Big rise in international criminal investigations putting pressure on DPP
Over 200 requests for assistance made to US as child pornography prosecutions rise
Director of Public Prosecutions Claire Loftus wrote in her 2017 annual report there is considerable pressure on resources in relation to the international work undertaken by her office.
A massive rise in the number of criminal investigations requiring international assistance is putting severe pressure on resources, the Director of Public Prosecutions (DPP) has warned.
The number of requests for “mutual legal assistance” made to other countries by Ireland doubled from 268 in 2015 to 526 in 2017.
For the first time in its annual report, the DPP revealed where these requests were sent to. In 2017 by far the largest number (203) were to the United States. Many of these requests related to prosecutions for child pornography offences uncovered by the FBI.
The DPP requested assistance from the UK 135 times and from other EU countries 133 times. There were 14 requests for help from the Canadian authorities.
Director Claire Loftus wrote in the 2017 annual report there is considerable pressure on resources in relation to the international work undertaken by her office.
This work also includes extraditing suspects from other countries for alleged crimes committed in Ireland. In 2017, 60 European Arrest Warrants (EAWs) were issued for suspects who had fled to another European country, while 30 suspects were returned to Ireland from the EU to face prosecution.
She said a lack of staff resulted in a backlog of EAW cases building up during the year. “We are reviewing as a matter of urgency the additional resources required in order to meet the growing demand.”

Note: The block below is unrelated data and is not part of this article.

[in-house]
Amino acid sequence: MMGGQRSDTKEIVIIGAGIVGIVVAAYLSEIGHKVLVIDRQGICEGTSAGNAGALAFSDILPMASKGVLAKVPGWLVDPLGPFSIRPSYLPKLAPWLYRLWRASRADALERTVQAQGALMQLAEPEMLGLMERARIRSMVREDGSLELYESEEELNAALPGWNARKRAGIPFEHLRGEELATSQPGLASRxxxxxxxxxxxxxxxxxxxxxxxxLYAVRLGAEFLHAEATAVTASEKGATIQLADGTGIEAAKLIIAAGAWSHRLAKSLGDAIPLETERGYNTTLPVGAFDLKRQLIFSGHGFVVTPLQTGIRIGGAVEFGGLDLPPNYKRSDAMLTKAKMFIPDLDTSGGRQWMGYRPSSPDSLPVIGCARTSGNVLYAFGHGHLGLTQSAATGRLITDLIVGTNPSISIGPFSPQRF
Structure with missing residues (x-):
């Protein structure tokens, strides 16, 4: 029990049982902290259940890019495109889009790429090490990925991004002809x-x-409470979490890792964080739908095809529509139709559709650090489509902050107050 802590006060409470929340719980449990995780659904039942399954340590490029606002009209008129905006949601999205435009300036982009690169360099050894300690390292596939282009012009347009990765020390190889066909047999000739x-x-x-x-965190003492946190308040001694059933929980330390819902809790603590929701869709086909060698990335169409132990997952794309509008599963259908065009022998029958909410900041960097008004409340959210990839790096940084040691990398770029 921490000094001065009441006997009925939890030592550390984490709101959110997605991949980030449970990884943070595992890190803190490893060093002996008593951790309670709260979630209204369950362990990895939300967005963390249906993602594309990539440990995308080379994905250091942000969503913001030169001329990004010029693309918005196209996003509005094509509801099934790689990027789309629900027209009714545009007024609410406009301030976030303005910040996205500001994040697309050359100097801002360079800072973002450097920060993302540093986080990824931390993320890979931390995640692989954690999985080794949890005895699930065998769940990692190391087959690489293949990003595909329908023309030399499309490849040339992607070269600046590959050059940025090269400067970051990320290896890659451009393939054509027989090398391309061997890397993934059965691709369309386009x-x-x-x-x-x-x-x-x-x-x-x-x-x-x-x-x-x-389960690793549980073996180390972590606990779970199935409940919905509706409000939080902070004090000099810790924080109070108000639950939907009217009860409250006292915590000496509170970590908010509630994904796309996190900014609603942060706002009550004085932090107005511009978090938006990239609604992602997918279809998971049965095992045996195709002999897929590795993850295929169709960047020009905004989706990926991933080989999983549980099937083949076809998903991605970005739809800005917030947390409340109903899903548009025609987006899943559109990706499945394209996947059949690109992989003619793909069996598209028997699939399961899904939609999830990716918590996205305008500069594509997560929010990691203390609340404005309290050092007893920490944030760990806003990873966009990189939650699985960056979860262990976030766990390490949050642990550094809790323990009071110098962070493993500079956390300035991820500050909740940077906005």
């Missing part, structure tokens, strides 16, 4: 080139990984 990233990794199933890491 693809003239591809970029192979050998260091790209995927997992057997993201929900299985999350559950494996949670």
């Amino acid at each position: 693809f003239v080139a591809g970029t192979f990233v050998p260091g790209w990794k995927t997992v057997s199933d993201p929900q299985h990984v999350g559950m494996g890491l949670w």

Ms Loftus expressed concern about the implications of Brexit for the Irish criminal justice system, particularly regarding extradition matters.
The vast majority of EAWs are sent to the UK, she said. These would stop immediately in the event of a hard Brexit next March.
“It is therefore crucial that an agreement is reached on an alternative system before that date,” Ms Loftus said. “This is particularly important having regard to the shared border with Northern Ireland, and the ongoing necessity for prosecutions in respect of dissident subversive activity.”
The DPP’s office spent €41 million in 2017, up €2.4 million from the previous year. The prosecution of the final criminal cases relating to the collapse of Anglo Irish Bank accounted for some of this rise, but most of it was due to the increased numbers of cases being taken in the Circuit and Central Criminal Courts.
The DPP considered 11,499 files for prosecution in 2017, up from 11,352. It directed no prosecution in 39 per cent of cases. In 80 per cent of these cases a lack of evidence was the main reason not to prosecute.
Of those that were prosecuted there was a 94 per cent conviction rate (90 per cent from guilty pleas and four per cent from convictions at trial), broadly similar to previous years.
The annual report also contains the latest statistics on prosecutions from 2016 including:
-46 prosecutions for child pornography offices , up from 16 in 2015,
-114 rape prosecutions, a nearly 100 per cent increase over a two year period and
- a large drop in the number of murder prosecutions, from 53 in 2014 to 20 in 2016.
There was a 90 per cent conviction rate for murder cases completed in 2016 and an 82 per cent conviction rate for completed rape cases.
The figures also show an increasing reliance on the non-jury Special Criminal Court to prosecute gangland crime. Eight murder cases were prosecuted there in 2016, compared to zero in the previous two years.